I would like to think that I have a very pragmatic/practical approach to problem solving within start ups as I have gone through a lot of the same pain points myself in the past. I think it has given me the advantage of empathy for what entrepreneurs are dealing with.

Follow-up: What are three tips that founders should follow to get the attention of a VC?


Know how to sell your vision or solution eloquently, clearly and briefly (especially if you are selling complex tech – learn how to explain it in layman terms).


Convey enthusiasm and conviction around your idea.


Think big but stay realistic about the steps to get there.

I talk about this a little bit in my Swisspreneur Podcast:

What valuable advice did you get from your parents or the people closest to you during childhood?

Slow down, make time for reflection and introspection.

How did you become interested in tech?

When I worked on the Trading Floor, towards the end of my time there I was tasked with bringing to market a new online trading platform. It was probably the most entrepreneurial thing you could do in an otherwise highly regulated industry. I was intimately involved with go-to-market strategy, product development and stakeholder management across very diverse teams ranging from legal through to quants and Partners.

I really enjoyed that and also liked the idea of enabling our customers with a tech product that would allow them to trade in their own time, give them access to a product they would otherwise not have and also provide them with some sophisticated and detailed trade analytics. I thought that it was brilliant and I wanted to explore that world further.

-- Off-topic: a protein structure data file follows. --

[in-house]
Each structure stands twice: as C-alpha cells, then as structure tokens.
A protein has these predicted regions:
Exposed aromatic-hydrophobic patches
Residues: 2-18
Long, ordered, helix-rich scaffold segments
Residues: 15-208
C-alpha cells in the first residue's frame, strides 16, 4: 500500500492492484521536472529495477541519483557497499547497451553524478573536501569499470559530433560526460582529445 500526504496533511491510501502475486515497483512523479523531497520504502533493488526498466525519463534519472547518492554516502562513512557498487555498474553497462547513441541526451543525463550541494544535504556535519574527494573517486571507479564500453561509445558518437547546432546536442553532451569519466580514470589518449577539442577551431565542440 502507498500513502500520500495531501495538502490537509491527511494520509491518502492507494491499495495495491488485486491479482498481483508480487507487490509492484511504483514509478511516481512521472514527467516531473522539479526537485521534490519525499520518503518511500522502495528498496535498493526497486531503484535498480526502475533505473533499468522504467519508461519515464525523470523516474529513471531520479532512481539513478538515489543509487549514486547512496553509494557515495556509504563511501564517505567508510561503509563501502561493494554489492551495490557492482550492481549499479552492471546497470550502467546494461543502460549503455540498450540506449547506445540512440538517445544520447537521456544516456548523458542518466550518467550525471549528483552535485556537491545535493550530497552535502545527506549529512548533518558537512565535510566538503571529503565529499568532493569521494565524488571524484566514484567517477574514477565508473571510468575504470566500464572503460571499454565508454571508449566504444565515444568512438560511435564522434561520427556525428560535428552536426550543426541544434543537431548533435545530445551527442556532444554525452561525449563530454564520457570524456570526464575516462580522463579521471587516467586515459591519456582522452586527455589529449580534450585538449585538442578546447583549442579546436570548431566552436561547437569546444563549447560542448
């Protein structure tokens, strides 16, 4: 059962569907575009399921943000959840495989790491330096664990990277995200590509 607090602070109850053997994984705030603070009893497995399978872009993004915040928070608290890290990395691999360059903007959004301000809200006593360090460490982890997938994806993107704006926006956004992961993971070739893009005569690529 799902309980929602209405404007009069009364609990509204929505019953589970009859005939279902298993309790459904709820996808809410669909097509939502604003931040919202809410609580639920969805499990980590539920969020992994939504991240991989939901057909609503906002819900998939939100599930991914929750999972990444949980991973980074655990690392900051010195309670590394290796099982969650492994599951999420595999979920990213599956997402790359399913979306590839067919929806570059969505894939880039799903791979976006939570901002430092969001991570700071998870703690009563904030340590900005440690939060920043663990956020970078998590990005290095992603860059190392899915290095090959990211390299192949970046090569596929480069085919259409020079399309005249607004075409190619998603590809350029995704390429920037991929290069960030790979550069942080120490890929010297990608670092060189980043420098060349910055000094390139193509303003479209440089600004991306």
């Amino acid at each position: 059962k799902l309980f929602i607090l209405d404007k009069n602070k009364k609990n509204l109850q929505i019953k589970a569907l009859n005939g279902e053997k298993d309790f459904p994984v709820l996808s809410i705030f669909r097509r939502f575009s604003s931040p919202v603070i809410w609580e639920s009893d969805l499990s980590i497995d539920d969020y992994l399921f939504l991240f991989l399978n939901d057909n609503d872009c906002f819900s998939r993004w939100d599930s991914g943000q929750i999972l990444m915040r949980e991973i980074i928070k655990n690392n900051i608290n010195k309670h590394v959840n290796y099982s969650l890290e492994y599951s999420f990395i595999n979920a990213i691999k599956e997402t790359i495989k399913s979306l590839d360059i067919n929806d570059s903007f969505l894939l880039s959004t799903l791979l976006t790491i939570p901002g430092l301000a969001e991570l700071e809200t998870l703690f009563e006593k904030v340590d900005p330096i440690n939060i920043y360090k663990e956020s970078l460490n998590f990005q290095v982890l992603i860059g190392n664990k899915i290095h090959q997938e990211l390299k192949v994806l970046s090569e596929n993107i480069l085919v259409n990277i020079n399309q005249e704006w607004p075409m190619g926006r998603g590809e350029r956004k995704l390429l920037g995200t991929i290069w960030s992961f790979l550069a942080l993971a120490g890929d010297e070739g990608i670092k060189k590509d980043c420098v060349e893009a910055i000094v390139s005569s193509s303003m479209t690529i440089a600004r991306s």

What aspects of your work are you proudest of?

When I can tangibly add value to our portfolio companies.

What drives you at work?

Curiosity and the ability to meet the need of continuous learning within my role.

Together with Jennifer Web from Capitalex you offer free Female Founder Office Hours? Why do you think this is necessary?

I am a very strong believer in the power of diversity within teams, it makes for creative problem solving and is scientifically/statistically proven to bring investors a higher ROI.
Portrait photo of Role Model Aleksandra Laska
Aleksandra Laska

I also believe that there is not enough diversity within the tech world and even less within tech start-ups that are VC funded. In Europe only 8% of all VC investment flows into start-ups founded by women for example. In the 2020 State of European Tech Report only 2% of all founder respondents self-identified as Black/African/Caribbean, and none of those respondents raised external capital.

There are undoubtedly many reasons for this state of affairs but one of them is access to the right network and confidence. With our Office Hours we are trying to give honest and impartial feedback, hopefully with that giving people access to expertise that they would otherwise struggle to get access to. Sometimes, it’s just about giving someone the extra confidence to start raising an institutional round and that already I would consider a success.

Follow-up: what are other measures we can all take to get more diversity into the startup world?

Unfortunately there is no magic “thing” that would solve the problem overnight but here a few ideas for start-ups: